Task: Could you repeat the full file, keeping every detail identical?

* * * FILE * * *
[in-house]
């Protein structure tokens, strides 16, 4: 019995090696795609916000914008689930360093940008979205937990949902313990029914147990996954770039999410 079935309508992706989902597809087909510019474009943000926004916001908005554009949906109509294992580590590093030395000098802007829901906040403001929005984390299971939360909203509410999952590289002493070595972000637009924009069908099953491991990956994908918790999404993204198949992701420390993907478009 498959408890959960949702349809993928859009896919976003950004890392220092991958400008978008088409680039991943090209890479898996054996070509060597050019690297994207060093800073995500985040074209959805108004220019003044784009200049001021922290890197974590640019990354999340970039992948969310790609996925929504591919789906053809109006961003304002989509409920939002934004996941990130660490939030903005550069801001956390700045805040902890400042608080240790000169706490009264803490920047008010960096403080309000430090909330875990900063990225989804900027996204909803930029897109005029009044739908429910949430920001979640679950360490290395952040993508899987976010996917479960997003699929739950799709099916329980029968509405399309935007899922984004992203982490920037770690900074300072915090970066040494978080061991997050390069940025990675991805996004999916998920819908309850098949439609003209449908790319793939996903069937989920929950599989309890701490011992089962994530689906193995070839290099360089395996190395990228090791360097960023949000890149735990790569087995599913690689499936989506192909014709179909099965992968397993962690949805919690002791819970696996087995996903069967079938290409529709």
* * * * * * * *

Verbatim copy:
[in-house]
């Protein structure tokens, strides 16, 4: 019995090696795609916000914008689930360093940008979205937990949902313990029914147990996954770039999410 079935309508992706989902597809087909510019474009943000926004916001908005554009949906109509294992580590590093030395000098802007829901906040403001929005984390299971939360909203509410999952590289002493070595972000637009924009069908099953491991990956994908918790999404993204198949992701420390993907478009 498959408890959960949702349809993928859009896919976003950004890392220092991958400008978008088409680039991943090209890479898996054996070509060597050019690297994207060093800073995500985040074209959805108004220019003044784009200049001021922290890197974590640019990354999340970039992948969310790609996925929504591919789906053809109006961003304002989509409920939002934004996941990130660490939030903005550069801001956390700045805040902890400042608080240790000169706490009264803490920047008010960096403080309000430090909330875990900063990225989804900027996204909803930029897109005029009044739908429910949430920001979640679950360490290395952040993508899987976010996917479960997003699929739950799709099916329980029968509405399309935007899922984004992203982490920037770690900074300072915090970066040494978080061991997050390069940025990675991805996004999916998920819908309850098949439609003209449908790319793939996903069937989920929950599989309890701490011992089962994530689906193995070839290099360089395996190395990228090791360097960023949000890149735990790569087995599913690689499936989506192909014709179909099965992968397993962690949805919690002791819970696996087995996903069967079938290409529709």